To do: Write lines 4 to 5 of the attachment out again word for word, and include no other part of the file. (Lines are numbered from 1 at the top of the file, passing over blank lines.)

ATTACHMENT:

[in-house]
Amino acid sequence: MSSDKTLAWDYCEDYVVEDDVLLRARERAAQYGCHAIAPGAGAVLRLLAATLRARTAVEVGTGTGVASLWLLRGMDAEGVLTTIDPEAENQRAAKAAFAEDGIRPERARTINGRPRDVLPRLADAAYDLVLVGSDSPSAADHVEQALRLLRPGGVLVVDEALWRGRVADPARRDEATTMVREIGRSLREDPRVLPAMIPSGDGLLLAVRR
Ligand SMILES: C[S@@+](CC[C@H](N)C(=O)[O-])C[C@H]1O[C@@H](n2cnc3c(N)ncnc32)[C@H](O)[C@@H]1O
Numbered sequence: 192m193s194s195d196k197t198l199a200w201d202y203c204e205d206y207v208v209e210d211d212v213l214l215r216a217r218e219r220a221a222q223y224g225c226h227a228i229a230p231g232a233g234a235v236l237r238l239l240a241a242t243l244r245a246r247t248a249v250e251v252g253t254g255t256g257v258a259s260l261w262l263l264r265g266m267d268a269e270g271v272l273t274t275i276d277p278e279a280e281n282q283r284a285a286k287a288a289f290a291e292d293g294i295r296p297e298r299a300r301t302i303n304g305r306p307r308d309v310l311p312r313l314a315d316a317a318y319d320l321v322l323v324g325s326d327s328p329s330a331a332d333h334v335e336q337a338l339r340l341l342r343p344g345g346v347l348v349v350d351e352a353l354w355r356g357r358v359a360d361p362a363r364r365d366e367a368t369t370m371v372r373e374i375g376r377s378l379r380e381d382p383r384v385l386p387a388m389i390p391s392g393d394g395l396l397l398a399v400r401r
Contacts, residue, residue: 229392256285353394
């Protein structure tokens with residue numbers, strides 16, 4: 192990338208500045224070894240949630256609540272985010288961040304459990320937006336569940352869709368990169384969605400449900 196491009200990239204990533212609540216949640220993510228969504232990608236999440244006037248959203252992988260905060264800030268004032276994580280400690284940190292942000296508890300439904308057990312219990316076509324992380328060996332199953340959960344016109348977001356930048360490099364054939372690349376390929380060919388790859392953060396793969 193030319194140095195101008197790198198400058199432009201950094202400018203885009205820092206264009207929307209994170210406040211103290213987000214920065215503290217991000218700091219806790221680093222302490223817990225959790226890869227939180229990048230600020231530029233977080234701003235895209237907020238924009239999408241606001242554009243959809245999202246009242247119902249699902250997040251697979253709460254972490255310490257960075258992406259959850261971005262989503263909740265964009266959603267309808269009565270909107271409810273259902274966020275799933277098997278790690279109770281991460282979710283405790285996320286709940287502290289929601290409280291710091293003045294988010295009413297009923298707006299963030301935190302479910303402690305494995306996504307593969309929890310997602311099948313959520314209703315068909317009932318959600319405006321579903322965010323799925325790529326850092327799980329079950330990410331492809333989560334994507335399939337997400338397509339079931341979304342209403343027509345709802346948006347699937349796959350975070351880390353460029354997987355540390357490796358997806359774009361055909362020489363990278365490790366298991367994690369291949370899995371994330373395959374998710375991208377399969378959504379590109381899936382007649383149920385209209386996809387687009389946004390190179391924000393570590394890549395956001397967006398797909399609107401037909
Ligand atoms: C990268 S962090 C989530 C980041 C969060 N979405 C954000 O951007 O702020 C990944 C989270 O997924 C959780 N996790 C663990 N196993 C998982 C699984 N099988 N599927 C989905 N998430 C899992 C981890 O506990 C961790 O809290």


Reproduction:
Numbered sequence: 192m193s194s195d196k197t198l199a200w201d202y203c204e205d206y207v208v209e210d211d212v213l214l215r216a217r218e219r220a221a222q223y224g225c226h227a228i229a230p231g232a233g234a235v236l237r238l239l240a241a242t243l244r245a246r247t248a249v250e251v252g253t254g255t256g257v258a259s260l261w262l263l264r265g266m267d268a269e270g271v272l273t274t275i276d277p278e279a280e281n282q283r284a285a286k287a288a289f290a291e292d293g294i295r296p297e298r299a300r301t302i303n304g305r306p307r308d309v310l311p312r313l314a315d316a317a318y319d320l321v322l323v324g325s326d327s328p329s330a331a332d333h334v335e336q337a338l339r340l341l342r343p344g345g346v347l348v349v350d351e352a353l354w355r356g357r358v359a360d361p362a363r364r365d366e367a368t369t370m371v372r373e374i375g376r377s378l379r380e381d382p383r384v385l386p387a388m389i390p391s392g393d394g395l396l397l398a399v400r401r
Contacts, residue, residue: 229392256285353394